How do you know when you have enough? How do you know when to stop gathering and start typing? Well, you need a test, otherwise you’ll just keep gathering .Here are some tests for moving to the next step:
1. You never have enough, but you have to type anyway. So stop already.
2. You have enough when you reach your deadline. Bad test, because then you’re going to turn the piece in late. The deadline means when your article has to come in, not when you come in. To make it a good test, calculate tasks against the time left to deadline. Let’s say it’s 2:00 p.m., and your deadline is 5:00. You’re an hour’s drive from the office, and you need one hour to type your piece. So you have to finish gathering by 3:00. Actually, you need to figure in a little slack.
3. You have enough when you’ve got good answers to all your questions. I like this test because I do it this way. I write down questions I have to answer, and I add questions as I learn more. When I’ve got the right questions and good answers, I’ve got enough. If you can’t think up questions ahead of time, this may be a bad test for you.
4. You have enough when you can fairly represent all sides of the question you’re writing about. Usually a good one, especially for political writing.
5. You have enough when you can prove your thesis. Also common in political writing, but not a good test unless you honestly try to disprove your thesis.
6. You have enough when you can’t think of anybody else to talk to. A bad test, because you can always thinks of somebody else to call up. This test increases the misery for procrastinators.
7. You have enough when you can explain your subject fully in two minutes to smart people who know nothing about it, and they understand it. (Journalists call this “telling it to mother.” If you’re reading this, you have a smart mother.)
8. You have enough when you’re tired of it, bored to tears, fed up. This bad test afflicts features reporters, researchers doing large projects, and book writers. This debilitating test comes too late; you want to type when you love the subject, when you’re hot.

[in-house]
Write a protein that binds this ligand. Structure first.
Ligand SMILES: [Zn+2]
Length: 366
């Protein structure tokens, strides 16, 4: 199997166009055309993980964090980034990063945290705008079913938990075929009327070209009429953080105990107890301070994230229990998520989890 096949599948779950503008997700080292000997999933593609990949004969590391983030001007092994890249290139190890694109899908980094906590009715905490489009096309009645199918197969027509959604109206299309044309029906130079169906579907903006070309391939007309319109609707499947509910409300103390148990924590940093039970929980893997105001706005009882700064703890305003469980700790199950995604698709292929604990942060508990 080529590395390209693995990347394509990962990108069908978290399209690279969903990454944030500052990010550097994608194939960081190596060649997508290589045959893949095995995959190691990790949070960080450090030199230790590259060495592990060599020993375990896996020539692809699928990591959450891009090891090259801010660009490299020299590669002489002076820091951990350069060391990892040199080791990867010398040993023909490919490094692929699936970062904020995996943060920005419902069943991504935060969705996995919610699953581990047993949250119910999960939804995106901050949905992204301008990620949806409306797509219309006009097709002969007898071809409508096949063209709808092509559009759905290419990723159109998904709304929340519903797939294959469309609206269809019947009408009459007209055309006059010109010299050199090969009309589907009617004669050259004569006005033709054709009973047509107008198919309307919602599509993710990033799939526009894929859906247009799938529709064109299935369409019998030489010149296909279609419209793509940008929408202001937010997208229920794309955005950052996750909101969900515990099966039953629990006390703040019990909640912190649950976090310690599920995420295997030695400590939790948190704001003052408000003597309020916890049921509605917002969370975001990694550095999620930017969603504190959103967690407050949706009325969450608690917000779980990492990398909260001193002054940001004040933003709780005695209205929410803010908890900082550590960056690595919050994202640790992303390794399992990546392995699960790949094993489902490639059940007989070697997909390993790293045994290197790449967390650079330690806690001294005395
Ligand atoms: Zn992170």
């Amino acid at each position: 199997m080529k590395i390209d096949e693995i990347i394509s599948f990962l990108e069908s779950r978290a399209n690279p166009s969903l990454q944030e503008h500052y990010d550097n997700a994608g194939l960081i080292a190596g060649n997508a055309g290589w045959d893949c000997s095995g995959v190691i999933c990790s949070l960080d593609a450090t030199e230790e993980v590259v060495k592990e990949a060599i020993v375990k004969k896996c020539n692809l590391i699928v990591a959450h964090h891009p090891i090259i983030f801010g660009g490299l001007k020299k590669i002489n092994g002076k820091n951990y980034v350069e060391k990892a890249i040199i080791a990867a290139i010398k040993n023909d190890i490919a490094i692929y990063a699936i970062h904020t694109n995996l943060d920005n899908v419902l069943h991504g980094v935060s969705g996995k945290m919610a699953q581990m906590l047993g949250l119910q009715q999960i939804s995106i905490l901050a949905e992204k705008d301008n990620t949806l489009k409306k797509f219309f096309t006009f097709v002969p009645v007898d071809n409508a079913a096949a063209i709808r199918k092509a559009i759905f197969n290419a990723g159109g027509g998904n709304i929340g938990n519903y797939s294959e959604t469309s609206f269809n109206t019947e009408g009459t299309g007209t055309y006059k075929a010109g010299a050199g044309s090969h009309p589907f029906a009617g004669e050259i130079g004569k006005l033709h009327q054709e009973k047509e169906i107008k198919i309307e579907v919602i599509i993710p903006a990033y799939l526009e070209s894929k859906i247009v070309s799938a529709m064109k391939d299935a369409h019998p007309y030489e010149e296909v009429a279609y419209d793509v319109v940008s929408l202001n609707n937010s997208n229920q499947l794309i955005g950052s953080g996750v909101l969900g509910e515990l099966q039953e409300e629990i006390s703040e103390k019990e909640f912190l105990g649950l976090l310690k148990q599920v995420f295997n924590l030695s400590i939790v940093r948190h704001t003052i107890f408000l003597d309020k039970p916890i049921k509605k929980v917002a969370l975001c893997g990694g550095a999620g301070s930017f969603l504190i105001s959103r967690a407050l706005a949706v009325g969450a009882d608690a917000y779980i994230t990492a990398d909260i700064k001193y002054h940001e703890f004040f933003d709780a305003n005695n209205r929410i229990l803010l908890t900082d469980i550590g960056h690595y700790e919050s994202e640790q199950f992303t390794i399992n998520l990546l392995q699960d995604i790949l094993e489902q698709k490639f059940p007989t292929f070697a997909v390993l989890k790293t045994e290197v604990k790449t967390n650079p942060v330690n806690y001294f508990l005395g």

9. For visual thinkers, you have enough when you can imagine the sections of your piece as boxes, and those boxes are full of the information needed for each one. This test works for me because I think in pictures.
10. You have enough when you have a beginning, middle, and end; and you have the information to fill in between them. A good test because it considers both form and content.
11. You have enough when you can answer any question your editor asks you. This paranoid test leads to compulsive overgathering. It also suggests you suffer from a bullying editor, and should try to transfer to a new one.
12. You have enough when you can fill the space. A bad test. We’re in the explanation business, not space filling. In early 20th-century American newspapers, reporters had enough when their notes covered two sides of a sheet of paper.
13. Some people have enough when they can fill the holes in a draft. They stop midway in their gathering, write a draft, see what’s missing, and then gather material to fill the gaps. This method sounds slow, but some of the fastest writers I know use it.
14. Many journalists say “their gut tells them” when they have enough. This is a bad test because most reporters fear they’ve missed something. If you wait until your gut tells you that nothing’s missing, you’ll wait forever.
Some people combine tests. For example, I have enough when I can answer my questions, see full boxes, and have an ending. If you don’t have a test for enough, you’ll always start typing late. So pick the test(s) that might work for you.